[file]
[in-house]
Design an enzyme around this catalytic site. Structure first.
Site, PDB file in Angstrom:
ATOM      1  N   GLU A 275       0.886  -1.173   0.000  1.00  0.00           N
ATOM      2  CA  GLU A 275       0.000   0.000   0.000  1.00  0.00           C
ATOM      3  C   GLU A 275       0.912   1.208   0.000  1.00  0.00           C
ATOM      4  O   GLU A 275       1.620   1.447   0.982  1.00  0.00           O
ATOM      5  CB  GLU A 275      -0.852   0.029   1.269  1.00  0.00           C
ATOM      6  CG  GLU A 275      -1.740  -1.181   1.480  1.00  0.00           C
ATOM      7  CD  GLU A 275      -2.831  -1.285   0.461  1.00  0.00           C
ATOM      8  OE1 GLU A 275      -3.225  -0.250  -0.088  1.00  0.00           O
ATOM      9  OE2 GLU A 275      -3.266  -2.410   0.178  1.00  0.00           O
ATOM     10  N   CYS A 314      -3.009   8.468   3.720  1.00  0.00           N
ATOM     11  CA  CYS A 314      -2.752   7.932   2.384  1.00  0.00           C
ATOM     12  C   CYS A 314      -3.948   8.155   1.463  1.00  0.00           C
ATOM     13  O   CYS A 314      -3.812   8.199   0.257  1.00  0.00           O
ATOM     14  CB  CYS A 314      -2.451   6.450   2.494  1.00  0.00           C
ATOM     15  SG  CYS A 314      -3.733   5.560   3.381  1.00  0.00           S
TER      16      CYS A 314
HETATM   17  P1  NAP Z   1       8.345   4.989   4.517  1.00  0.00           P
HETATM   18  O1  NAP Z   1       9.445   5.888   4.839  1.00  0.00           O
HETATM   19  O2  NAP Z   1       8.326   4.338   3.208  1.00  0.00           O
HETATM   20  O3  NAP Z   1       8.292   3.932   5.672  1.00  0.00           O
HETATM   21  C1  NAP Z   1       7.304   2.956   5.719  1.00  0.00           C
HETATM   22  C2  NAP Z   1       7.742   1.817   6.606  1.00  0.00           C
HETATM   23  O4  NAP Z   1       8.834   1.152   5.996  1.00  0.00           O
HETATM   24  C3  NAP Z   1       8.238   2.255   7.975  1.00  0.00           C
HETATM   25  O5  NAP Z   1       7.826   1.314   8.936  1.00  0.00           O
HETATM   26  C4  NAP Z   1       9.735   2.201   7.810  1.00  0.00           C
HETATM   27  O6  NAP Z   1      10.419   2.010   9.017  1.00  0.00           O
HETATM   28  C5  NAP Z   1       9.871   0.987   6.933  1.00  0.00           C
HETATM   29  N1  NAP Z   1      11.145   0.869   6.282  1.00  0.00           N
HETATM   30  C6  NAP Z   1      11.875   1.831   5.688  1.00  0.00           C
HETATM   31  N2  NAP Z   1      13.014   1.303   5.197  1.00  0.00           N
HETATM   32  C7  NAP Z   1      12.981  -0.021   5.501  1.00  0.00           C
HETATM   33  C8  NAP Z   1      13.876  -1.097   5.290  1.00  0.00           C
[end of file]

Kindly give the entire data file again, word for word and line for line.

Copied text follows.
[in-house]
Design an enzyme around this catalytic site. Structure first.
Site, PDB file in Angstrom:
ATOM      1  N   GLU A 275       0.886  -1.173   0.000  1.00  0.00           N
ATOM      2  CA  GLU A 275       0.000   0.000   0.000  1.00  0.00           C
ATOM      3  C   GLU A 275       0.912   1.208   0.000  1.00  0.00           C
ATOM      4  O   GLU A 275       1.620   1.447   0.982  1.00  0.00           O
ATOM      5  CB  GLU A 275      -0.852   0.029   1.269  1.00  0.00           C
ATOM      6  CG  GLU A 275      -1.740  -1.181   1.480  1.00  0.00           C
ATOM      7  CD  GLU A 275      -2.831  -1.285   0.461  1.00  0.00           C
ATOM      8  OE1 GLU A 275      -3.225  -0.250  -0.088  1.00  0.00           O
ATOM      9  OE2 GLU A 275      -3.266  -2.410   0.178  1.00  0.00           O
ATOM     10  N   CYS A 314      -3.009   8.468   3.720  1.00  0.00           N
ATOM     11  CA  CYS A 314      -2.752   7.932   2.384  1.00  0.00           C
ATOM     12  C   CYS A 314      -3.948   8.155   1.463  1.00  0.00           C
ATOM     13  O   CYS A 314      -3.812   8.199   0.257  1.00  0.00           O
ATOM     14  CB  CYS A 314      -2.451   6.450   2.494  1.00  0.00           C
ATOM     15  SG  CYS A 314      -3.733   5.560   3.381  1.00  0.00           S
TER      16      CYS A 314
HETATM   17  P1  NAP Z   1       8.345   4.989   4.517  1.00  0.00           P
HETATM   18  O1  NAP Z   1       9.445   5.888   4.839  1.00  0.00           O
HETATM   19  O2  NAP Z   1       8.326   4.338   3.208  1.00  0.00           O
HETATM   20  O3  NAP Z   1       8.292   3.932   5.672  1.00  0.00           O
HETATM   21  C1  NAP Z   1       7.304   2.956   5.719  1.00  0.00           C
HETATM   22  C2  NAP Z   1       7.742   1.817   6.606  1.00  0.00           C
HETATM   23  O4  NAP Z   1       8.834   1.152   5.996  1.00  0.00           O
HETATM   24  C3  NAP Z   1       8.238   2.255   7.975  1.00  0.00           C
HETATM   25  O5  NAP Z   1       7.826   1.314   8.936  1.00  0.00           O
HETATM   26  C4  NAP Z   1       9.735   2.201   7.810  1.00  0.00           C
HETATM   27  O6  NAP Z   1      10.419   2.010   9.017  1.00  0.00           O
HETATM   28  C5  NAP Z   1       9.871   0.987   6.933  1.00  0.00           C
HETATM   29  N1  NAP Z   1      11.145   0.869   6.282  1.00  0.00           N
HETATM   30  C6  NAP Z   1      11.875   1.831   5.688  1.00  0.00           C
HETATM   31  N2  NAP Z   1      13.014   1.303   5.197  1.00  0.00           N
HETATM   32  C7  NAP Z   1      12.981  -0.021   5.501  1.00  0.00           C
HETATM   33  C8  NAP Z   1      13.876  -1.097   5.290  1.00  0.00           C